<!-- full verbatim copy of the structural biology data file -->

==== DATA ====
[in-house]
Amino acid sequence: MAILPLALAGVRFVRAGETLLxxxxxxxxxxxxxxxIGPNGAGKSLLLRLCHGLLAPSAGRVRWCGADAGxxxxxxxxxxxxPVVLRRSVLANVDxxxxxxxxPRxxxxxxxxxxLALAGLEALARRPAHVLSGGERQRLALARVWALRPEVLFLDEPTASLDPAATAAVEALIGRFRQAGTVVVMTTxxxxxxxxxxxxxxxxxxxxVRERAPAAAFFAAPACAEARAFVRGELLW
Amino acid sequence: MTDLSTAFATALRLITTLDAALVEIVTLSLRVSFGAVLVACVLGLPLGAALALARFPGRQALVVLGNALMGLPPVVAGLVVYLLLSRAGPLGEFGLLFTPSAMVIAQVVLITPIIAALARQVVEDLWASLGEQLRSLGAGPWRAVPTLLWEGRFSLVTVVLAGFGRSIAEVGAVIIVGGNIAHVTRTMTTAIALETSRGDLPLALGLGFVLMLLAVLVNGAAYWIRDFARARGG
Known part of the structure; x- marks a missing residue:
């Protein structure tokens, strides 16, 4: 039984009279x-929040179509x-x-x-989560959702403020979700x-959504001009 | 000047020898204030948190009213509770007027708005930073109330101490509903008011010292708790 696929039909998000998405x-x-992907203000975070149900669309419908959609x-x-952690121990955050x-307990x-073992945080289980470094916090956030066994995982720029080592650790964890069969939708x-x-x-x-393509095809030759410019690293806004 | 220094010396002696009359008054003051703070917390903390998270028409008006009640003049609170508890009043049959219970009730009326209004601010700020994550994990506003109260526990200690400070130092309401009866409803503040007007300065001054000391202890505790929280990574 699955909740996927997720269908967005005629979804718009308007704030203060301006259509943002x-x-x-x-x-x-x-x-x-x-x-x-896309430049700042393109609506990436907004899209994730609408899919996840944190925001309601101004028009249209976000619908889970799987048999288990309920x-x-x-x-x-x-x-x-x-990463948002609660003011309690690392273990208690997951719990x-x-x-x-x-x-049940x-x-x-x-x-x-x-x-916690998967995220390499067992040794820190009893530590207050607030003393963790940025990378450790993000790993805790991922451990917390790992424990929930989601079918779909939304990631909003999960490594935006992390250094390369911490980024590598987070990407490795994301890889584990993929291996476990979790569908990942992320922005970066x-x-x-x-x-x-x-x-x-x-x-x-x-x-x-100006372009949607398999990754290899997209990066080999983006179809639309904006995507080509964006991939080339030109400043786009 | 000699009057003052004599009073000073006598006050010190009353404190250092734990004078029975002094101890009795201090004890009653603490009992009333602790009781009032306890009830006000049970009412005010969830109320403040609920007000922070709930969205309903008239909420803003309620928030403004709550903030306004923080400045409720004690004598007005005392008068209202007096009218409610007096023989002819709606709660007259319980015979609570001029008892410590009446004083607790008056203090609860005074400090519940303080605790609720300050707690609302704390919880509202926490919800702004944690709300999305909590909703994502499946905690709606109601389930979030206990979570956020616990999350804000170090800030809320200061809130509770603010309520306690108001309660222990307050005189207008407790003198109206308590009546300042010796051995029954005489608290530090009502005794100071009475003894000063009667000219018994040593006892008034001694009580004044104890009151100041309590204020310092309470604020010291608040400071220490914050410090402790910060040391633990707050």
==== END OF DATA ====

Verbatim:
[in-house]
Amino acid sequence: MAILPLALAGVRFVRAGETLLxxxxxxxxxxxxxxxIGPNGAGKSLLLRLCHGLLAPSAGRVRWCGADAGxxxxxxxxxxxxPVVLRRSVLANVDxxxxxxxxPRxxxxxxxxxxLALAGLEALARRPAHVLSGGERQRLALARVWALRPEVLFLDEPTASLDPAATAAVEALIGRFRQAGTVVVMTTxxxxxxxxxxxxxxxxxxxxVRERAPAAAFFAAPACAEARAFVRGELLW
Amino acid sequence: MTDLSTAFATALRLITTLDAALVEIVTLSLRVSFGAVLVACVLGLPLGAALALARFPGRQALVVLGNALMGLPPVVAGLVVYLLLSRAGPLGEFGLLFTPSAMVIAQVVLITPIIAALARQVVEDLWASLGEQLRSLGAGPWRAVPTLLWEGRFSLVTVVLAGFGRSIAEVGAVIIVGGNIAHVTRTMTTAIALETSRGDLPLALGLGFVLMLLAVLVNGAAYWIRDFARARGG
Known part of the structure; x- marks a missing residue:
């Protein structure tokens, strides 16, 4: 039984009279x-929040179509x-x-x-989560959702403020979700x-959504001009 | 000047020898204030948190009213509770007027708005930073109330101490509903008011010292708790 696929039909998000998405x-x-992907203000975070149900669309419908959609x-x-952690121990955050x-307990x-073992945080289980470094916090956030066994995982720029080592650790964890069969939708x-x-x-x-393509095809030759410019690293806004 | 220094010396002696009359008054003051703070917390903390998270028409008006009640003049609170508890009043049959219970009730009326209004601010700020994550994990506003109260526990200690400070130092309401009866409803503040007007300065001054000391202890505790929280990574 699955909740996927997720269908967005005629979804718009308007704030203060301006259509943002x-x-x-x-x-x-x-x-x-x-x-x-896309430049700042393109609506990436907004899209994730609408899919996840944190925001309601101004028009249209976000619908889970799987048999288990309920x-x-x-x-x-x-x-x-x-990463948002609660003011309690690392273990208690997951719990x-x-x-x-x-x-049940x-x-x-x-x-x-x-x-916690998967995220390499067992040794820190009893530590207050607030003393963790940025990378450790993000790993805790991922451990917390790992424990929930989601079918779909939304990631909003999960490594935006992390250094390369911490980024590598987070990407490795994301890889584990993929291996476990979790569908990942992320922005970066x-x-x-x-x-x-x-x-x-x-x-x-x-x-x-100006372009949607398999990754290899997209990066080999983006179809639309904006995507080509964006991939080339030109400043786009 | 000699009057003052004599009073000073006598006050010190009353404190250092734990004078029975002094101890009795201090004890009653603490009992009333602790009781009032306890009830006000049970009412005010969830109320403040609920007000922070709930969205309903008239909420803003309620928030403004709550903030306004923080400045409720004690004598007005005392008068209202007096009218409610007096023989002819709606709660007259319980015979609570001029008892410590009446004083607790008056203090609860005074400090519940303080605790609720300050707690609302704390919880509202926490919800702004944690709300999305909590909703994502499946905690709606109601389930979030206990979570956020616990999350804000170090800030809320200061809130509770603010309520306690108001309660222990307050005189207008407790003198109206308590009546300042010796051995029954005489608290530090009502005794100071009475003894000063009667000219018994040593006892008034001694009580004044104890009151100041309590204020310092309470604020010291608040400071220490914050410090402790910060040391633990707050």